Sea­sonal Af­fec­tive Dis­or­der

Asian Journal - - WORLD -

For cen­turies, po­ets and writ­ers have drawn par­al­lels be­tween the weather and mood. We all know how the weather af­fects what we wear, how we travel, what we choose to do, and how we feel.

When weather af­fects us to such an ex­tent that we be­gin to have trou­ble func­tion­ing as usual, how­ever, this can be­come more than just a case of the “win­ter blahs.”

Sea­sonal af­fec­tive dis­or­der, or SAD, is a type of clin­i­cal de­pres­sion that usu­ally starts with the short­en­ing days of late au­tumn and lasts through the win­ter. Some peo­ple have a rarer form of SAD which is sum­mer de­pres­sion which be­gins in late spring or early sum­mer.

Since the days of win­ter get shorter, SAD has been found to be more com­mon in north­ern coun­tries. In Canada, about 2 to 3% of the gen­eral pop­u­la­tion will ex­pe­ri­ence SAD in their life­time. An­other 15% of Cana­di­ans will ex­pe­ri­ence a milder form of SAD where they sim­ply have the “win­ter blues.” SAD can be de­bil­i­tat­ing, pre­vent­ing healthy peo­ple from func­tion­ing nor­mally. It may af­fect their per­sonal and pro­fes­sional lives and se­ri­ously limit their po­ten­tial. Many peo­ple may be suf­fer­ing un­nec­es­sar­ily—un­aware that SAD ex­ists or that help is avail­able.


• May be sim­i­lar to de­pres­sion mak­ing it dif­fi­cult to di­ag­nose. Even thy­roid prob­lem can look like SAD.

• Change in ap­petite. Of­ten, the per­son gets crav­ings for sweet, starchy, or other car­bo­hy­drate-rich foods. This can re­sult in overeat­ing and weight gain.

• Of­ten tired all the time, tend to over­sleep, and can some­times feel anx­ious and des­o­late.

• Sui­ci­dal thoughts.

Although SAD may af­fect some chil­dren and teenagers, it tends to be­gin in peo­ple over the age of 20. The risk of SAD de­creases with age. SAD is more com­mon in women than in men. Re­search on SAD is still in its early stages. How­ever, it is likely that SAD may be caused by a lack of day­light. Each of us has an in­ter­nal “bi­o­log­i­cal clock” that reg­u­lates our rou­tines, a wakesleep and ac­tive-in­ac­tive cycli­cal rou­tine called a cir­ca­dian rhythm. This bi­o­log­i­cal clock re­sponds to changes in sea­son, partly be­cause of the dif­fer­ences in the length of the day. For many thou­sands of years, the cy­cle of hu­man life re­volved around the daily cy­cle of light and dark. We were alert when the sun shone; we slept when our world was in dark­ness. The rel­a­tively re­cent in­tro­duc­tion of elec­tric­ity has re­lieved us of the need to be ac­tive mostly in the day­light hours. But our bi­o­log­i­cal clocks may still be telling our bod­ies to sleep as the days shorten. This puts us out of step with our daily sched­ules, which no longer change ac­cord­ing to the sea­sons.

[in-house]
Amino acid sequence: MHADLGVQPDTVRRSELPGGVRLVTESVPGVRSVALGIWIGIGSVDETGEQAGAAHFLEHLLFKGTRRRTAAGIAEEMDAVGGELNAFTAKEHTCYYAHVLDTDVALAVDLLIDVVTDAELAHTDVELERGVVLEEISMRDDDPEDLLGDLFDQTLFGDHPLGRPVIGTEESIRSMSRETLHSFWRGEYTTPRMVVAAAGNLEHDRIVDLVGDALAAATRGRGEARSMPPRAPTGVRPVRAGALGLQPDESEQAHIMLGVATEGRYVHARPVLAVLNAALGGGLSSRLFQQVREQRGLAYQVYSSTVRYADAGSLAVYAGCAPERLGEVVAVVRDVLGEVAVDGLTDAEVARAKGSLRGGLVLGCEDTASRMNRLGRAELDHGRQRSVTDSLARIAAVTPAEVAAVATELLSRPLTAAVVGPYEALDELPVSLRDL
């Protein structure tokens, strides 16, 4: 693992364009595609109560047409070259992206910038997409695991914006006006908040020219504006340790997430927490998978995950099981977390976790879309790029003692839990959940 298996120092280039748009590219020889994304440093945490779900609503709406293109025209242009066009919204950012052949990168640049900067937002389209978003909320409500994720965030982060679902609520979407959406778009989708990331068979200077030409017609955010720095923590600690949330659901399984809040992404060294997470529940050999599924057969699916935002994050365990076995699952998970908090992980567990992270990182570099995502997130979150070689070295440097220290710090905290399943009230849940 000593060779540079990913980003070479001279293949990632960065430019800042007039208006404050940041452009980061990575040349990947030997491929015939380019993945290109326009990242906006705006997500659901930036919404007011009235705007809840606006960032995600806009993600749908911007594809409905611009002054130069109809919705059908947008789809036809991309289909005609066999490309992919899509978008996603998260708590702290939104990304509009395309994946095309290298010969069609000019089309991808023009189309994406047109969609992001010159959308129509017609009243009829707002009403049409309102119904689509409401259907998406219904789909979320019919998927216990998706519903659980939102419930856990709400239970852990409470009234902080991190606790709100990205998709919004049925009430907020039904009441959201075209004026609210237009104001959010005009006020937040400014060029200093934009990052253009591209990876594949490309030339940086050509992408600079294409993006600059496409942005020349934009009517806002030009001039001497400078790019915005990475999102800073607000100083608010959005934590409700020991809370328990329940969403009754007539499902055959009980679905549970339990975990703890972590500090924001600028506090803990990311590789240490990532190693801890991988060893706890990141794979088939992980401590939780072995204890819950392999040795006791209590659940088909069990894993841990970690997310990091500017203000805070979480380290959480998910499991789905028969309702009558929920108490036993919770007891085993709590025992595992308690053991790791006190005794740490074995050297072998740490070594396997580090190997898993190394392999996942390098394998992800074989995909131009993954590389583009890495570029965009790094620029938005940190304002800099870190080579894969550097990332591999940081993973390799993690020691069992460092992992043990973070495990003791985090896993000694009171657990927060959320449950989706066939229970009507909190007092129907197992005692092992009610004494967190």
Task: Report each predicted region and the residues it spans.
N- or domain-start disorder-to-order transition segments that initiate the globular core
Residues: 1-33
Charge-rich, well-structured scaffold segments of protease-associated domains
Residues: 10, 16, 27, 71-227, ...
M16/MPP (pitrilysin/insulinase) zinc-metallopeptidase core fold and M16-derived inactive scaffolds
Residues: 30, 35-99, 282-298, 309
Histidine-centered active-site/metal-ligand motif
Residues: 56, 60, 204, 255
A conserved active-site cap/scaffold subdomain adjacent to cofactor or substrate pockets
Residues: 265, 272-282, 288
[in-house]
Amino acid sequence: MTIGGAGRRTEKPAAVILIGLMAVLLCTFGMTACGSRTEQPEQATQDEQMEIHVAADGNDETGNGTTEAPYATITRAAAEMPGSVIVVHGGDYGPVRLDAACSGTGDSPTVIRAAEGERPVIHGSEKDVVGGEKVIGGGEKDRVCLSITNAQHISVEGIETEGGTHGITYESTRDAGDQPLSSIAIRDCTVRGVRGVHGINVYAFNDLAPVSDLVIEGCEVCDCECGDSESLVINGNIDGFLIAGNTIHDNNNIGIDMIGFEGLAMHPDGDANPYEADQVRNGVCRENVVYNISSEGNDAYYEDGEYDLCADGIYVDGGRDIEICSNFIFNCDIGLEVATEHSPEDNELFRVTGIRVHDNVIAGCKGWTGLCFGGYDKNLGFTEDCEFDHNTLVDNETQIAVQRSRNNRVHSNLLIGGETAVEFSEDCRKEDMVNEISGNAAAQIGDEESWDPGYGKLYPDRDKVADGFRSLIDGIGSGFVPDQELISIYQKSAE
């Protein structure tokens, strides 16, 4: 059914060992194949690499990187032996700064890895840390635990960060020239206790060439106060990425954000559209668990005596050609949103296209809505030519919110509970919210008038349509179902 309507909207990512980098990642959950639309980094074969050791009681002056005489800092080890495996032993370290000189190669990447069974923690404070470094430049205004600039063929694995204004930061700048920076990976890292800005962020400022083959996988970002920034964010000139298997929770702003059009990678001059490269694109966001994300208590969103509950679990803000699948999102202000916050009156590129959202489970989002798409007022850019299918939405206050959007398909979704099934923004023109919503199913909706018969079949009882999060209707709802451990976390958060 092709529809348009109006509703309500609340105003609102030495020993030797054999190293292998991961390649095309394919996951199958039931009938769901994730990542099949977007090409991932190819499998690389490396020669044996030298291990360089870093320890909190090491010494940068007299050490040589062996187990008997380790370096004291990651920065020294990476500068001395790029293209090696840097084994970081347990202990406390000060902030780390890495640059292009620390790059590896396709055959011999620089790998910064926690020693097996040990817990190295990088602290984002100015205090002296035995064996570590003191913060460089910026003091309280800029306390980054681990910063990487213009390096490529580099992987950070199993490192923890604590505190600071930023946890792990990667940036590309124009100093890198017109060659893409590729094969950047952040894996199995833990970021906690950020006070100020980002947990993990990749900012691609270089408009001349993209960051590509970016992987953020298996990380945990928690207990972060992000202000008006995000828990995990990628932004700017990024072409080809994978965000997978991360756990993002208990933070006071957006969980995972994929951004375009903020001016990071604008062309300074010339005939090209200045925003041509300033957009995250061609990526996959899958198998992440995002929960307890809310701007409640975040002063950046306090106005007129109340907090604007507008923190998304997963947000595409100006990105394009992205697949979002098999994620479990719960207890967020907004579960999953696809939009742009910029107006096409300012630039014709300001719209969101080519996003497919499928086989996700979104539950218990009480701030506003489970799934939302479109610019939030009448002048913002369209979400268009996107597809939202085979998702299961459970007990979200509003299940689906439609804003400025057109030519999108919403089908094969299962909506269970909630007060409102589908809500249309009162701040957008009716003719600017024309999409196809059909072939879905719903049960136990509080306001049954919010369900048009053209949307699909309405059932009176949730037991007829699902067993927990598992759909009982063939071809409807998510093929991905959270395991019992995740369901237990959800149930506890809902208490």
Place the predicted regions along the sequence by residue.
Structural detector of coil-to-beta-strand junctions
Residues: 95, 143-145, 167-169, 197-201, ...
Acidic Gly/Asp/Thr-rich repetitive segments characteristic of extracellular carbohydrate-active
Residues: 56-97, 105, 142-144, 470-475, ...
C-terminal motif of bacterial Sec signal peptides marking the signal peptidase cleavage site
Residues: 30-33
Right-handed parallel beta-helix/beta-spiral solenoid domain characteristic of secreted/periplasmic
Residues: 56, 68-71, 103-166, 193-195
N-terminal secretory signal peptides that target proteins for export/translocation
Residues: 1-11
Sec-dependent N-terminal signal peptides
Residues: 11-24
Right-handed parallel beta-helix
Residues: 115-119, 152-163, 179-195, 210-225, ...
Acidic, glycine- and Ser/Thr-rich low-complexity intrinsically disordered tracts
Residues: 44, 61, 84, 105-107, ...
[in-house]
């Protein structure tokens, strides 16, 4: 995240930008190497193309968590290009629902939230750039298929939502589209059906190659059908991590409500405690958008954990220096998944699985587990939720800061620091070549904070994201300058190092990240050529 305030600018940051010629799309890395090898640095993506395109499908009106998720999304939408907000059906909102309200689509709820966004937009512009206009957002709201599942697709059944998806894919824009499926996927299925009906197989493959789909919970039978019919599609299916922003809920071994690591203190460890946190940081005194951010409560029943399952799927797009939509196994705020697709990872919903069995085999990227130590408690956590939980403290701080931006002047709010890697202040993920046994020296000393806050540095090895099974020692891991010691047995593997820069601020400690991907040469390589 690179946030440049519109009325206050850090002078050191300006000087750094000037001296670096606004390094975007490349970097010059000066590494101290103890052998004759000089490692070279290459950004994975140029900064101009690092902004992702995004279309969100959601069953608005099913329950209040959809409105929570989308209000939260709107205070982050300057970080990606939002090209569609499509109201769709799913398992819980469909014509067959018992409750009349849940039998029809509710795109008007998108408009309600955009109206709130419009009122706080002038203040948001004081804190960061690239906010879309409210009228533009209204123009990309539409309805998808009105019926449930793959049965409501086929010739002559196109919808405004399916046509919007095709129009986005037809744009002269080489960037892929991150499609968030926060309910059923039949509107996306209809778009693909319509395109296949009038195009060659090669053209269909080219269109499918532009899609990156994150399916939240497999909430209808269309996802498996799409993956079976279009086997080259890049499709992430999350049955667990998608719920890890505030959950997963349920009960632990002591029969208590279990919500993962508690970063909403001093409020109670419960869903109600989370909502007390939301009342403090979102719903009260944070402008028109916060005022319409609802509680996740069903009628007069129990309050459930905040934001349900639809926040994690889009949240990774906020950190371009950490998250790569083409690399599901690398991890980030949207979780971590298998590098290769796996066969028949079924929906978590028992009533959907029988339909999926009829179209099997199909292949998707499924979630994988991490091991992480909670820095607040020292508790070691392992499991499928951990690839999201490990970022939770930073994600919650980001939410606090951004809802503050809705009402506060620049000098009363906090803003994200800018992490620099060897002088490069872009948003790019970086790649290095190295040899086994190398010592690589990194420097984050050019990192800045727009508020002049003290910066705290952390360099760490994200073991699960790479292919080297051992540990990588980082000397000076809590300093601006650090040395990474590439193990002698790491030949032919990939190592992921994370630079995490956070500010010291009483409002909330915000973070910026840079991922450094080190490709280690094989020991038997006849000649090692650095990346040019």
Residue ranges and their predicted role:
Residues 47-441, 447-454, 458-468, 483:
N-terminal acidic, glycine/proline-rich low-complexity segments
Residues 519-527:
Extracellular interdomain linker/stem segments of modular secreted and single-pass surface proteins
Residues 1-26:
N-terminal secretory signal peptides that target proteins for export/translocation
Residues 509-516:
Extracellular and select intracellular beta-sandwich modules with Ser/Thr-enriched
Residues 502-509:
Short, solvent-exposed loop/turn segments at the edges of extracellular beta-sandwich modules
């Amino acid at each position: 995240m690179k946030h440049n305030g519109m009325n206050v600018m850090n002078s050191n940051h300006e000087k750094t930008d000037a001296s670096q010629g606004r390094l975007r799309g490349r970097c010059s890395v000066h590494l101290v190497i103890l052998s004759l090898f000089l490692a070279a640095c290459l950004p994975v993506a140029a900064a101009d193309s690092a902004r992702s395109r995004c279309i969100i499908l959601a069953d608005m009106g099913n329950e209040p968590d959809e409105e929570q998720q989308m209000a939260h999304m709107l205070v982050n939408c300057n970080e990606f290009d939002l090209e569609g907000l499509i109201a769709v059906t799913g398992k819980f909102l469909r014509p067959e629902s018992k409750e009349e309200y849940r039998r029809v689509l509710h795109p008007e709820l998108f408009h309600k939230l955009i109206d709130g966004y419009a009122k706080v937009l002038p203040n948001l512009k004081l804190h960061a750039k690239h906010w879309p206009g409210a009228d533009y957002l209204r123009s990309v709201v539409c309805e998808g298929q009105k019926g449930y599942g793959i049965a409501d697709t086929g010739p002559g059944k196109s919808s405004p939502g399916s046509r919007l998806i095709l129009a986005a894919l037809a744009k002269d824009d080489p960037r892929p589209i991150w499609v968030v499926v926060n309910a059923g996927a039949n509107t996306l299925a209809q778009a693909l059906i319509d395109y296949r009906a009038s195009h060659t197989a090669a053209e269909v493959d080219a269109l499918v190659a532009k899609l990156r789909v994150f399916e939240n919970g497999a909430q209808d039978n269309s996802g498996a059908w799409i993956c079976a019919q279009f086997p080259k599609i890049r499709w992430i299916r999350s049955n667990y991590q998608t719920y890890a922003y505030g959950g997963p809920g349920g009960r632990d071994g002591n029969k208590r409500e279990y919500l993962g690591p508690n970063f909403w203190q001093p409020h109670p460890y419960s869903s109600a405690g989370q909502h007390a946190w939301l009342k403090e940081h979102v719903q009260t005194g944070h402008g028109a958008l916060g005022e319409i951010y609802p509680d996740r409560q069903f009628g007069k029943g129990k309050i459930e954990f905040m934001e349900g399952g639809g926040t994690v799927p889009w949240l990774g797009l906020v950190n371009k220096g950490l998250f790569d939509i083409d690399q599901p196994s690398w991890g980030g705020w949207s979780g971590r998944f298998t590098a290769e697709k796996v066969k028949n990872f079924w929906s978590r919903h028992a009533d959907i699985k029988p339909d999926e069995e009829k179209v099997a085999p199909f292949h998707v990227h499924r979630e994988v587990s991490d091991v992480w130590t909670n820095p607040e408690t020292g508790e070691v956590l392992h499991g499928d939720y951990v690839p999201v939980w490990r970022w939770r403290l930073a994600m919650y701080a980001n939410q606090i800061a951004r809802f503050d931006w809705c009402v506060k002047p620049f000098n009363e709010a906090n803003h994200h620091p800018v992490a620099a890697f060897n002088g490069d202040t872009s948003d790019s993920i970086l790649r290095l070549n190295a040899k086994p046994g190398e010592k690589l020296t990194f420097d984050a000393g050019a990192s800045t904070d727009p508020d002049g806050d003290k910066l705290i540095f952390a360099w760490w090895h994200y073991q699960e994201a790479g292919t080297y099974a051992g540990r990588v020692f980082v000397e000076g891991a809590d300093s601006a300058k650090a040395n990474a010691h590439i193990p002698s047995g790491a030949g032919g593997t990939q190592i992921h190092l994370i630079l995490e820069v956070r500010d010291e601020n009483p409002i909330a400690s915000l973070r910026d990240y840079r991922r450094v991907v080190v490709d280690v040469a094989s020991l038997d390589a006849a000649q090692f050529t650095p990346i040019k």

One use­ful way to com­bat this is to use light ther­apy, also known as pho­tother­apy. This can be done us­ing a flu­o­res­cent light box, a de­vice now avail­able in a va­ri­ety of safe, eco­nom­i­cal and portable de­signs. Although pho­tother­apy can pro­duce side ef­fects, these are usu­ally mild ex­pe­ri­ences of nau­sea, headaches, eye strains or feel­ings of edgi­ness that go away after us­ing the light box for some time. How­ever, peo­ple with cer­tain med­i­cal con­di­tions or who are tak­ing cer­tain med­i­ca­tions should have spe­cial eye ex­am­i­na­tions be­fore con­sid­er­ing light ther­apy. In ad­di­tion to us­ing SAD lamp life­style changes like ex­er­cise, re­lax­ation, health­ful diet, so­cial sup­ports, med­i­cal sup­ports, and com­pli­ance to med­i­ca­tions are help­ful.

The fol­low­ing sug­ges­tions may help ease or even pre­vent SAD symp­toms from be­com­ing de­bil­i­tat­ing or be help­ful by them­selves for those of us with mild symp­toms of the “win­ter blues”:

• spend more time out­doors dur­ing the day and try to ar­range your en­vi­ron­ments (and sched­ules if you can) to max­i­mize sun­light ex­po­sure

• keep cur­tains open dur­ing the day

• move fur­ni­ture so that you sit near a win­dow or, if you ex­er­cise in­doors, set up your ex­er­cise equip­ment by a win­dow

• in­stall sky­lights and add lamps

• build phys­i­cal ac­tiv­ity into your life­style prefer­ably be­fore SAD symp­toms take hold since phys­i­cal ac­tiv­ity re­lieves stress, builds en­ergy and in­creases both your phys­i­cal and men­tal well-be­ing and re­silience

• make a habit of tak­ing a daily noon-hour walk • when all else fails, try a win­ter va­ca­tion in sunny cli­mates — if the pock­et­book and work sched­ule al­low — although keep in mind that the symp­toms will re­cur after you re­turn home. When back at home, work at re­sist­ing the car­bo­hy­drate and sleep crav­ings that come with SAD

• as for other kinds of clin­i­cal de­pres­sion, for those more se­verely af­fected, an­tide­pres­sant med­i­ca­tion and/ or short-term coun­selling (par­tic­u­larly cog­ni­tive-be­havioural ther­apy) may also prove to be help­ful.

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